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November 26, 2008
Harvard Study: South African AIDS Denialism Resulted in 365,000 Deaths
The South African government could have prevented 365,000 HIV/AIDS deaths, The New York Times reports. A study by Harvard University researchers estimates that providing antiretroviral drugs in general and drugs specifically to prevent mother-to-child transmission could have prevented those deaths.
Report: Audit Wealthier Nations’ Response to AIDS
A report from Swedish-based foundation AIDS Accountability International (AAI) states that wealthier nations such as the United States are “worse at monitoring and/or reporting on the fundamentals of their epidemics and their responses” than poorer countries, reports the Financial Times
(RED) Digital Music Service to Fight AIDS in Africa
Co-founded by Bono, a new digital music service promises exclusive tracks for $5 a month from U2, Coldplay, Death Cab for Cutie, Dixie Chicks, Jay-Z, John Legend and Sheryl Crow. Launching December 1, the 20th anniversary of World AIDS Day, the service will donate a portion of its profits to fight AIDS in Africa, USA Today reports. 
November 25, 2008
Beijing Sex Workers Neglect Condoms
More than half of the sex workers in Beijing do not use condoms, AFP reports. According to the Chinese state media, sexual transmission has replaced drug use as the most common route for HIV infection.
Iran Fights Rise in Sexually Transmitted HIV
Iran has launched a hotline to offer free consultation services to intravenous drug users and individuals who participate in high-risk sexual activities, Reuters reports. 
U.K.’s First Hep B Transmission Conviction Raises Concerns
British AIDS advocates are speaking out against the United Kingdom’s first hepatitis B transmission conviction, reports.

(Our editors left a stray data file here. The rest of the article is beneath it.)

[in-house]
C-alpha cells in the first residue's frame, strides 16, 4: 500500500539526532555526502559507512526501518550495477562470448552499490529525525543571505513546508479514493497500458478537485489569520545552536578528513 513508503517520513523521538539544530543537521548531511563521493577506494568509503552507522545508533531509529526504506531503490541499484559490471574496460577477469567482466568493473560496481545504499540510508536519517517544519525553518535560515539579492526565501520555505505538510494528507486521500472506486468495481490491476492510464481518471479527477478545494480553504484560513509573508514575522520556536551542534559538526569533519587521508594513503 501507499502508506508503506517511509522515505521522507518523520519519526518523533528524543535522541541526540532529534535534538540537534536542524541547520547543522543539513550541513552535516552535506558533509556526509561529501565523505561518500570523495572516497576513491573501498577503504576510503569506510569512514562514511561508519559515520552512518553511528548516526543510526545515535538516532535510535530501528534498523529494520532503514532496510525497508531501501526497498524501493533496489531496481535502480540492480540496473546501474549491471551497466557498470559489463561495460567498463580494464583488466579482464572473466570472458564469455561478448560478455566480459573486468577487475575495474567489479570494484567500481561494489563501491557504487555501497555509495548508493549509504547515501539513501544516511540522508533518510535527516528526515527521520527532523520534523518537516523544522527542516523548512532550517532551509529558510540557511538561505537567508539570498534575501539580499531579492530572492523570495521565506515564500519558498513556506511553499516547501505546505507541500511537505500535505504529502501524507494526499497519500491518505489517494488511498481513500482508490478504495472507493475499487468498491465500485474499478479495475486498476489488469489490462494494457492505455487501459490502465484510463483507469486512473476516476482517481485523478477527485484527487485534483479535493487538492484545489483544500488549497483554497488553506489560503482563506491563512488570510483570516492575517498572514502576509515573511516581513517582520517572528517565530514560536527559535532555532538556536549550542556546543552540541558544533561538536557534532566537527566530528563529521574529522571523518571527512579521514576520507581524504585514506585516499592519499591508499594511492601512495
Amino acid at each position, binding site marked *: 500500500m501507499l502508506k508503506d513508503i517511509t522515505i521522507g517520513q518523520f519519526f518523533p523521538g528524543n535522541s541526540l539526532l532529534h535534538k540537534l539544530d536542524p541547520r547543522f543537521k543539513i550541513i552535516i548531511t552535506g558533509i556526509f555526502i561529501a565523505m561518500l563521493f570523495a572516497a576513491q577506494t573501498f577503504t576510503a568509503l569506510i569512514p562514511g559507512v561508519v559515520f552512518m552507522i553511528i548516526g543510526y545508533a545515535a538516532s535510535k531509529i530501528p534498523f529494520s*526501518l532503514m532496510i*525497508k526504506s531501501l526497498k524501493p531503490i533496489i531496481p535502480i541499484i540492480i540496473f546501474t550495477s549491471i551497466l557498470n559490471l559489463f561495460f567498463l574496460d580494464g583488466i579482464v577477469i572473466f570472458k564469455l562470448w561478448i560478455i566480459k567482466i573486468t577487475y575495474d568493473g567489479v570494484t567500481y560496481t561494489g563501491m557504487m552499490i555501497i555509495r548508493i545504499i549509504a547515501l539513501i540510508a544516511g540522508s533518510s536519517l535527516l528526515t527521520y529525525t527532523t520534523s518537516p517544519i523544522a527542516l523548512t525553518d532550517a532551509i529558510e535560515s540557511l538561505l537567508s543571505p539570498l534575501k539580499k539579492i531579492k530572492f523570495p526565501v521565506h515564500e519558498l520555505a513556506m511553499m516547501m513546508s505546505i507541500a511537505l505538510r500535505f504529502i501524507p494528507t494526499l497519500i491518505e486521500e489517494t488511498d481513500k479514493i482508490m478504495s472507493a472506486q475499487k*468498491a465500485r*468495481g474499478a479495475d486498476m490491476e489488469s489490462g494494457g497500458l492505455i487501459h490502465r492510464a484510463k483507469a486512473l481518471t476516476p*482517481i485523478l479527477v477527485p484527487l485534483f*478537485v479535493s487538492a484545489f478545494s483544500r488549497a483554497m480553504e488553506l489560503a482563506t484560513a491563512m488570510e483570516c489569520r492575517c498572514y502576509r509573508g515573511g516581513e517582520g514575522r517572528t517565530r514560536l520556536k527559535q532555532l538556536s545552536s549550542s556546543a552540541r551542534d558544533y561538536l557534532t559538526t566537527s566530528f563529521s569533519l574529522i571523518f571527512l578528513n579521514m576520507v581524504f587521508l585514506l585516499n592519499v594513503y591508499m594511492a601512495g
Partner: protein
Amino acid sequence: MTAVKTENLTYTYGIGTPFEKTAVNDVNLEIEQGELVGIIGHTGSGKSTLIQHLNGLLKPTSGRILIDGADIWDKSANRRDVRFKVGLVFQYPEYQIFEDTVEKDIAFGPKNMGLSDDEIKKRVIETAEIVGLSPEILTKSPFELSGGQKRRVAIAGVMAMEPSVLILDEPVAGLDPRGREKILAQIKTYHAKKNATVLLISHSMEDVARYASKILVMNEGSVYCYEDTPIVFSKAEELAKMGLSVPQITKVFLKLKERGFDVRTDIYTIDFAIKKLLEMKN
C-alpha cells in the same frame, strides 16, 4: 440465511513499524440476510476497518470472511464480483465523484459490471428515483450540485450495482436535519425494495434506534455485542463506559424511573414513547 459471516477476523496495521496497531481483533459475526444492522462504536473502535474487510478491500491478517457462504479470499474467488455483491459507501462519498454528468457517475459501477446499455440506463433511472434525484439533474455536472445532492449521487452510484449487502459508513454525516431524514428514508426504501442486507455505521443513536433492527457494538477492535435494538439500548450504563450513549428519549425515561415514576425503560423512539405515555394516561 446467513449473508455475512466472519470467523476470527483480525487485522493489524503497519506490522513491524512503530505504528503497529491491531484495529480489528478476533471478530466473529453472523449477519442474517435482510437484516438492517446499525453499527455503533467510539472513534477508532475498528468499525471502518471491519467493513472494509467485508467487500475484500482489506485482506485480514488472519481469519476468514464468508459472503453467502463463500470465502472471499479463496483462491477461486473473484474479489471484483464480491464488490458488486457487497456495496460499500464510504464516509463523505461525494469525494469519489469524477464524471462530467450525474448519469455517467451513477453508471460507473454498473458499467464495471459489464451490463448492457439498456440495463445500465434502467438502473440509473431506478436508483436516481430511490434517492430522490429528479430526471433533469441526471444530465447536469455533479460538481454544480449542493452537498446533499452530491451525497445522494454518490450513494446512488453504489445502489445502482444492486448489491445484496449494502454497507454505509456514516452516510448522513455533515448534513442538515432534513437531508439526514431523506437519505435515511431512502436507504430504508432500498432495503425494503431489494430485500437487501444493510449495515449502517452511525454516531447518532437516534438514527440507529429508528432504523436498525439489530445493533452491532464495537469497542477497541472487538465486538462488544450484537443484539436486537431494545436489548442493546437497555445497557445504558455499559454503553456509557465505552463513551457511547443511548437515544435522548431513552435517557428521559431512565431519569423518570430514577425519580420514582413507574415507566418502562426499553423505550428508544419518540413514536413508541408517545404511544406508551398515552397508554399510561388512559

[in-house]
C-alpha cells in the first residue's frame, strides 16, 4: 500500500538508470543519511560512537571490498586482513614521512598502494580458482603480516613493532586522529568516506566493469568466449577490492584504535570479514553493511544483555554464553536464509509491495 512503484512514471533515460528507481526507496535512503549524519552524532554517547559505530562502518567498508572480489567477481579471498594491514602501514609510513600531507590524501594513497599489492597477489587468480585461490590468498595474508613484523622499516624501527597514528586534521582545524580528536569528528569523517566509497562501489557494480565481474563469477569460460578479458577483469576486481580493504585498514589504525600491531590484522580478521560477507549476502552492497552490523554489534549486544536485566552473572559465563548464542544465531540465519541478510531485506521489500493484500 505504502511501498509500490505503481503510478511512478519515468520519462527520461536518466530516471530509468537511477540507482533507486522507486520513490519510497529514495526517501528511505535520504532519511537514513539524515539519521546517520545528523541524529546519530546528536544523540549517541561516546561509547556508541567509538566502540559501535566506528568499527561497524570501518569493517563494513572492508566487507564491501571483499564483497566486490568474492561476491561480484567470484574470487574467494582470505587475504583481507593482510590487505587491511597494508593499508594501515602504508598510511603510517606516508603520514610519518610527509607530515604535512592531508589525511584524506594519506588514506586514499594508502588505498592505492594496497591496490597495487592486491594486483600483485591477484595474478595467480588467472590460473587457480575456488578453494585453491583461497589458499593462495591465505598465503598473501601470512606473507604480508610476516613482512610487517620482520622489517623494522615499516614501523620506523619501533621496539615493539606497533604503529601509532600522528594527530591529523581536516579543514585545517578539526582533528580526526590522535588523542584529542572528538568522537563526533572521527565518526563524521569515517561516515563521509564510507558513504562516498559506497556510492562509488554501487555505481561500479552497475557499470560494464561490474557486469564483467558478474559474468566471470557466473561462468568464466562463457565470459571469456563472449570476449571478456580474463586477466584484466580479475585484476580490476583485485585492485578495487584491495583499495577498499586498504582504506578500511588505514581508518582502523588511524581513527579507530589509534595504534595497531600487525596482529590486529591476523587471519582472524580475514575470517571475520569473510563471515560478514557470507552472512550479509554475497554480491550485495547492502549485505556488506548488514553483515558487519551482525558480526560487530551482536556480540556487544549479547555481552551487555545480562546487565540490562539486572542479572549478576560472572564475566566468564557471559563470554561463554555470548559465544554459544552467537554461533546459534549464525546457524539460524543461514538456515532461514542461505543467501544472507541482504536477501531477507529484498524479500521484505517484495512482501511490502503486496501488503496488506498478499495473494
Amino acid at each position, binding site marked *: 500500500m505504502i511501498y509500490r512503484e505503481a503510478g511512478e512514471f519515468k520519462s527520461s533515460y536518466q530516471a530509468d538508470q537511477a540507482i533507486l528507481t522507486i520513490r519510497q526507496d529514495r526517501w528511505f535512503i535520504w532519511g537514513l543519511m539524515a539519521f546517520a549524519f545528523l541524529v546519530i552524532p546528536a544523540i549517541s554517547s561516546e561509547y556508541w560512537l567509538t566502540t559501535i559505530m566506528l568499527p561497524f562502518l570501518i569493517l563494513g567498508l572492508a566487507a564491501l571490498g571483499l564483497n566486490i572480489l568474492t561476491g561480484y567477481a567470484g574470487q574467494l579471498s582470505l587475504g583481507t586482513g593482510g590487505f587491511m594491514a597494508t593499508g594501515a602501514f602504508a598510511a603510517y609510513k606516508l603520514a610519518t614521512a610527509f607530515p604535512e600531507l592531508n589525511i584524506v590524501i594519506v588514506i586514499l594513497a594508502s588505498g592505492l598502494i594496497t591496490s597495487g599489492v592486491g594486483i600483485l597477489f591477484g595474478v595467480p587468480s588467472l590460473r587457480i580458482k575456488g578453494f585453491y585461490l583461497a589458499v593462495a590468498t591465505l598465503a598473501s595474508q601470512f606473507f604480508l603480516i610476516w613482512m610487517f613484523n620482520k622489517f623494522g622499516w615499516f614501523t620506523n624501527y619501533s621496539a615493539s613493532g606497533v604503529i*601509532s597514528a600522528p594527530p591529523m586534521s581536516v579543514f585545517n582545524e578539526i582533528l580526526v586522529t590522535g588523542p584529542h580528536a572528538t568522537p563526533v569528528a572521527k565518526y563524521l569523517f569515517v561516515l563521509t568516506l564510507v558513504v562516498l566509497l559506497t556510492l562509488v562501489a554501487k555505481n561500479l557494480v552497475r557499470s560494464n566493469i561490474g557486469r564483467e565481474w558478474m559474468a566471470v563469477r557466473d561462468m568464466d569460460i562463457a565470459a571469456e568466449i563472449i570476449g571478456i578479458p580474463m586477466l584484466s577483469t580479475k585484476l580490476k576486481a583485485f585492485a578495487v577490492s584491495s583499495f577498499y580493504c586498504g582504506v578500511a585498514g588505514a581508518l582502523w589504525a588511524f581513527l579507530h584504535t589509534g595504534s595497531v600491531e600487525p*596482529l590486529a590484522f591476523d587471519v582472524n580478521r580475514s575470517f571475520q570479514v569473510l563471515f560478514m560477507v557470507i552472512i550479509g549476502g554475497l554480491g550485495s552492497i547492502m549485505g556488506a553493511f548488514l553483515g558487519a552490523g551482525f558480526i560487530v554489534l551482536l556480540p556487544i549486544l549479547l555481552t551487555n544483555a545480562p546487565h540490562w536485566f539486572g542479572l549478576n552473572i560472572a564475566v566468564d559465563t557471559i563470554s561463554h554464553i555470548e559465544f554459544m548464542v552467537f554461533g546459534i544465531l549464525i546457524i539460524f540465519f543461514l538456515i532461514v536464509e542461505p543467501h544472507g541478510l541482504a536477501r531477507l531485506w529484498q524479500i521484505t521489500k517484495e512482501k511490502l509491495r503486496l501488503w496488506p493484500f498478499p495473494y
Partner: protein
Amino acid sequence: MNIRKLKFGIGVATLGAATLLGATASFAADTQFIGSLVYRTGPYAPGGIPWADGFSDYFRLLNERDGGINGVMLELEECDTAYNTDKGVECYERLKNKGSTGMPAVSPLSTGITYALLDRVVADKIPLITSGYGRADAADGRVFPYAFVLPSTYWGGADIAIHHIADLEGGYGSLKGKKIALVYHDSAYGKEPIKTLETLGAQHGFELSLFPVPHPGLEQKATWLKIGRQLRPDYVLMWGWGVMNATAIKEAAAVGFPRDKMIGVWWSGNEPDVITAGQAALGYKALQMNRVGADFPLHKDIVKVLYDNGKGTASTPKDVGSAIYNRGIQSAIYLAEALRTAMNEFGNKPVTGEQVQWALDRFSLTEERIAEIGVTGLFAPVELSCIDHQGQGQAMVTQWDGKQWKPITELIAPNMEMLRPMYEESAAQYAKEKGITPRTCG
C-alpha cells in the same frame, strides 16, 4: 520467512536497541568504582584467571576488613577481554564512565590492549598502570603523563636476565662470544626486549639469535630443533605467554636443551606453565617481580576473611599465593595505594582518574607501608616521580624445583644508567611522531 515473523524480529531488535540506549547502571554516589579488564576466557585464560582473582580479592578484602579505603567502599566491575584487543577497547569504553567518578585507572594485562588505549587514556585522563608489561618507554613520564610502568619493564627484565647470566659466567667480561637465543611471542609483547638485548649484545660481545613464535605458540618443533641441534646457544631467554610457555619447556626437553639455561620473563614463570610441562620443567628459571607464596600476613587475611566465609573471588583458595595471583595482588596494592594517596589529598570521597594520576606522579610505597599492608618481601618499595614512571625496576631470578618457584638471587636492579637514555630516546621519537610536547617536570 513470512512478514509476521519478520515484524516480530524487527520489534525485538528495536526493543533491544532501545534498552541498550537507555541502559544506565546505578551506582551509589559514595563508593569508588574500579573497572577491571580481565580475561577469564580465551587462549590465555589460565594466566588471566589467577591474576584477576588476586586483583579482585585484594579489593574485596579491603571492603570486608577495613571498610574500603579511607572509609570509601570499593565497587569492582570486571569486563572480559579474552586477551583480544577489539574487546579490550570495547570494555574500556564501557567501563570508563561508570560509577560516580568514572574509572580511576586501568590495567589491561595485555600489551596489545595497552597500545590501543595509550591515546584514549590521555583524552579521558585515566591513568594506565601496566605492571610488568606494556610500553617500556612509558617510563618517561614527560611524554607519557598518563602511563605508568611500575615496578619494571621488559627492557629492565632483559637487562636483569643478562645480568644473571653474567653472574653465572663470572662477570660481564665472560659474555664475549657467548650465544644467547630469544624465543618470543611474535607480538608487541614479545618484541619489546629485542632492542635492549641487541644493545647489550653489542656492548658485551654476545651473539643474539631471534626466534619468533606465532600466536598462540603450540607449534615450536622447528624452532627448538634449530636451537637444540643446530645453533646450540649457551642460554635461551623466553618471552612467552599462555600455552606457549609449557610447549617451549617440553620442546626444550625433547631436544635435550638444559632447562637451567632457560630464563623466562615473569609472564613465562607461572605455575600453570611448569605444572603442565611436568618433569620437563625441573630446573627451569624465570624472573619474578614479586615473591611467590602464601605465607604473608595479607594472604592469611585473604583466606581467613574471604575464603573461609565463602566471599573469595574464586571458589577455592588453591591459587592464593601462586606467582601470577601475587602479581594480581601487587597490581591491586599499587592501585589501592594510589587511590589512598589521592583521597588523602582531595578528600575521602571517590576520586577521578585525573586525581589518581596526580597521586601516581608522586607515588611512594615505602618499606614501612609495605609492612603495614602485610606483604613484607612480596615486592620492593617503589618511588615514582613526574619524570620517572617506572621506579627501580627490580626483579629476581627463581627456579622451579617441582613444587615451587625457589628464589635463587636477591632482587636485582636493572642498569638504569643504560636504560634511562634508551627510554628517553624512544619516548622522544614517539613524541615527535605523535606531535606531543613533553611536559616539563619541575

November 24, 2008
Proposal: Implant Microchips to Track Positive Indonesians
The Indonesian province of Papua may pass a law that requires microchips be implanted in HIV-positive people who are sexually active, Reuters reports. 
Russian AIDS Official Criticizes HIV Prevention Efforts
Russia’s senior AIDS official criticized his government’s handling of the epidemic, AP reports. Despite increased funding, registered HIV cases were growing 10 percent a year.
Bullied HIV-Positive Teen Sues Indianapolis School
School officials did little to stop harassment of a 14-year-old HIV-positive girl, according to a lawsuit filed against the school district and reported in the Indianapolis Star
November 21, 2008
White House Rally Celebrates Obama’s AIDS Focus
A group of 1,000 AIDS advocates and people living with HIV convened in front of the White House on November 20 for a demonstration to support President-elect Barack Obama’s commitment to fight AIDS, Voice of America reports. 
Docs, ERs Still Ignore CDC Suggestion to Test for HIV
Two years after the federal government recommended that patients in emergency rooms and doctors’ offices be routinely tested for HIV, a large number of studies show that few are following that advice, The Washington Post reports. 
Oakland Remembers Transgendered Lives Lost
During the 10th anniversary of Transgender Day of Remembrance on November 20, the lives of trans men and women who have lost their battles with HIV/AIDS and those who were victims of hate crimes were commemorated across the nation, including Oakland, California, according to the Bay Area Reporter